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IIIT proves its mettle in automatic summarization

Posted: 09 Jun 2006     Print Version  Bookmark and Share

Keywords:International Institute of Information Technology  Document Understanding Conferences  Prachi Garg  summarisation contest  Advanced Research and Development Activity 

The Search and Information Extraction Lab, International Institute of Information Technology (IIIT), Hyderabad, topped this year's Document Understanding Conferences (DUC) contest, the most prestigious contest in this area.

About 35 teams from all over the world participated in this year's contest, with the IIIT team being the only one from India. The team comprised of J. Jagadeesh, an MS research student; Prasad Pingali, a Ph.D. student; and Dr. Vasudeva Varma, a faculty member.

Every year, DUC holds this summarisation contest, with world-class universities and organisations participating. The contest is sponsored by the Advanced Research and Development Activity (ARDA), and the conference series is run by the National Institute of Standards and Technology (NIST). These organisations aim to propagate advances in summarisation techniques, and enable researchers to participate in large-scale experiments. NIST defines the system tasks and evaluation criteria each year, and teams are invited to participate.

The task for the contest this year was to automatically generate a summary from multiple documents for a set of questions expressing the information need of a user.

Dr. Vasudeva Varma explained to EE Times India how IIIT's summarisation system works. "Our system automatically builds a semantic model by analysing the way various words occur in documents. For instance, the model makes it possible to identify related terms such as 'horse' and 'animal.' Such a semantic model is then used to rank sentences from documents, and pick the top ranking sentences to form a summary. Then, there could be further steps such as smoothing the summary and eliminating redundancy," he said.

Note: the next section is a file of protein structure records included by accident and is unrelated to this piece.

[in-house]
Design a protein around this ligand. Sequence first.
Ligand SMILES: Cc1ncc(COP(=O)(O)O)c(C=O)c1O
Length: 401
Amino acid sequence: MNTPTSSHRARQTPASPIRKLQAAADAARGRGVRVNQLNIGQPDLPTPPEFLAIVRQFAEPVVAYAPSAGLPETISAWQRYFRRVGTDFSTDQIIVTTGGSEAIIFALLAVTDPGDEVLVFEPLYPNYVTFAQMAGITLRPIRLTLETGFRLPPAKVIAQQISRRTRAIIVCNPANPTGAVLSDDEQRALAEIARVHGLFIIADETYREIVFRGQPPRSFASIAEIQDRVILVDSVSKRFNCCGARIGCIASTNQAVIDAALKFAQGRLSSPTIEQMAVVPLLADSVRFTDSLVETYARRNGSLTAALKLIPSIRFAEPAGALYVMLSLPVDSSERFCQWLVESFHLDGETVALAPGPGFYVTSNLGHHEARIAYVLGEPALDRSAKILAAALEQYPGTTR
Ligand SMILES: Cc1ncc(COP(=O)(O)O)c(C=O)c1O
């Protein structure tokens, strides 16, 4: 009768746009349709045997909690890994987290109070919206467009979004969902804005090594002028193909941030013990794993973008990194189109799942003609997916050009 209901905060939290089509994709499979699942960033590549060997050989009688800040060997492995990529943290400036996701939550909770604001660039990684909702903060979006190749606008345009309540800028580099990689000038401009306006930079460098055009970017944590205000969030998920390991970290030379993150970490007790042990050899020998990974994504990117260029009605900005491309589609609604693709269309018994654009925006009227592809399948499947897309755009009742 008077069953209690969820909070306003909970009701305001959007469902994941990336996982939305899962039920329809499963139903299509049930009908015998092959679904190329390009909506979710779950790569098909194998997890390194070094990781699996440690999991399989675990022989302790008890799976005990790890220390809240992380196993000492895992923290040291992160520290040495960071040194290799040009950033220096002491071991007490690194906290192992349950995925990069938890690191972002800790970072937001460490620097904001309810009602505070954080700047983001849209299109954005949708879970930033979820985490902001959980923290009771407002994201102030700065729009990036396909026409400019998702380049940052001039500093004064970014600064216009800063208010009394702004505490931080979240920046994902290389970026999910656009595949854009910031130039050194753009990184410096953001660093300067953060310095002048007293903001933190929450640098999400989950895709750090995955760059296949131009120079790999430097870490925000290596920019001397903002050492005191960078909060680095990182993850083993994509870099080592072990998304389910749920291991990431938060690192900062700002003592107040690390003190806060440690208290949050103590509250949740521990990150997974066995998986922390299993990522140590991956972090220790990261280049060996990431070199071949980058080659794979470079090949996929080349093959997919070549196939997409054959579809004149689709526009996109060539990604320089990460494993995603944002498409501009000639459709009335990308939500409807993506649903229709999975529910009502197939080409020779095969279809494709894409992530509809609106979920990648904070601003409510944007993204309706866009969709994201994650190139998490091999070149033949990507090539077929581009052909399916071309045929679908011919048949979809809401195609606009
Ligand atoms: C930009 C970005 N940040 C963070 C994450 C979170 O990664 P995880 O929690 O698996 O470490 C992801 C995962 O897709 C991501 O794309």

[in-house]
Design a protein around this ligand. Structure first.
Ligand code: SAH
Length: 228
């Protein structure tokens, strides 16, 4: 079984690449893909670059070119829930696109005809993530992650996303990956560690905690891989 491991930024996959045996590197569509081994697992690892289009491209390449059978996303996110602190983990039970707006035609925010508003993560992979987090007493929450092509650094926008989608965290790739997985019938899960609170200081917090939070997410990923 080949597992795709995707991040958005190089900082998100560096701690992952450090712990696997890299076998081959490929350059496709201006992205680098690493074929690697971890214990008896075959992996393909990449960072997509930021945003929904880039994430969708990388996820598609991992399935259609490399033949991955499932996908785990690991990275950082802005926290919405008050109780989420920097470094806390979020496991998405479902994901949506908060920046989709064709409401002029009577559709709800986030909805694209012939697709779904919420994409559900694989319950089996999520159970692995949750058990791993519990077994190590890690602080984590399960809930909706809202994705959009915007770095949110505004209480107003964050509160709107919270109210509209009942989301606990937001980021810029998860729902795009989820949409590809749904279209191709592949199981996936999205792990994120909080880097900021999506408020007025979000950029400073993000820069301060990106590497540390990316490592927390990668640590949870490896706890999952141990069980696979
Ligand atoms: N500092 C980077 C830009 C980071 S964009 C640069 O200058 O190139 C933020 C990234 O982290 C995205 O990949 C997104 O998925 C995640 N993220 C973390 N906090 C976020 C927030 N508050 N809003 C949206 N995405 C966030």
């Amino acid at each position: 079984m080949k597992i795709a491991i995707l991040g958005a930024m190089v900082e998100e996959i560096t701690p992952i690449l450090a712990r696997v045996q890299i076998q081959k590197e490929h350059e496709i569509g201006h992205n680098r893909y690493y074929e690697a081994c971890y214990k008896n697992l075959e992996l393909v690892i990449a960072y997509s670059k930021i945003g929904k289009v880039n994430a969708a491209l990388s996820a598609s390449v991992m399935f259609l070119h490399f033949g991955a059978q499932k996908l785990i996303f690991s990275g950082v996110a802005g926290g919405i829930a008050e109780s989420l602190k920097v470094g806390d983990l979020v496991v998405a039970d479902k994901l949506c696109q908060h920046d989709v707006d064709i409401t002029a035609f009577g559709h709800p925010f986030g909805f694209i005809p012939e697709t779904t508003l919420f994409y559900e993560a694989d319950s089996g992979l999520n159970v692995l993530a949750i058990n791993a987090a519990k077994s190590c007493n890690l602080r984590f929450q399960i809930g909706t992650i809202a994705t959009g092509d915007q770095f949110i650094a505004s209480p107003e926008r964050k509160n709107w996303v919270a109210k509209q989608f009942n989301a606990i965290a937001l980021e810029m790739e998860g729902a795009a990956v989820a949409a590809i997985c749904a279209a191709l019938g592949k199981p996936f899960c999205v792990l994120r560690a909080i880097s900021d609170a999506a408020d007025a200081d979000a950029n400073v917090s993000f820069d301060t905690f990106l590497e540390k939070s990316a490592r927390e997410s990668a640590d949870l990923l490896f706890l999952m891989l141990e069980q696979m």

Summarisation systems are evaluated using an automatic evaluation technique known as ROUGE, which is considered to be the best automatic way of comparing a human summary with an automatic summary.

Dr. Varma discussed how the ROUGE method evaluates automatic summarisation techniques. "A set of persons are asked to write summaries for each set of documents. The machine-generated summaries are then automatically compared using the ROUGE framework."

There are various types of measures within ROUGE depending on the way comparisons are made. "ROUGE-1, ROUGE-2, ROUGE-3 and ROUGE-4 measure how many n-grams match between machine-generated summary and human summary, with 'n' ranging from 1 to 4. An n-gram is a sequence of consecutive 'n' words glued together as a single unit. Then, there are other types of ROUGE measures such as ROUGE-SU4, ROUGE-L and ROUGE-W, which are all different ways of comparing the human summaries with the automatically generated summaries," Dr. Varma shared.

The system from IIIT topped in the ROUGE metrics with a significant margin from the runner up. This was a significant improvement in its performance as compared to the previous year, when it had first participated in the contest. Last year, IIIT placed 3rd, 4th and 8th in ROUGE-1, ROUGE-2 and ROUGE-SU4, respectively.

"This year, we used a technique called pseudo-relevance feedback which is basically a mining technique using web search engines," Dr. Varma revealed.

IIIT's winning team now wants to concentrate on improving the linguistic quality of their summaries, which are manually evaluated, and also wants to perform as close to human summarisers as possible.

- Prachi Garg
&nbps;&nbps;EE Times India

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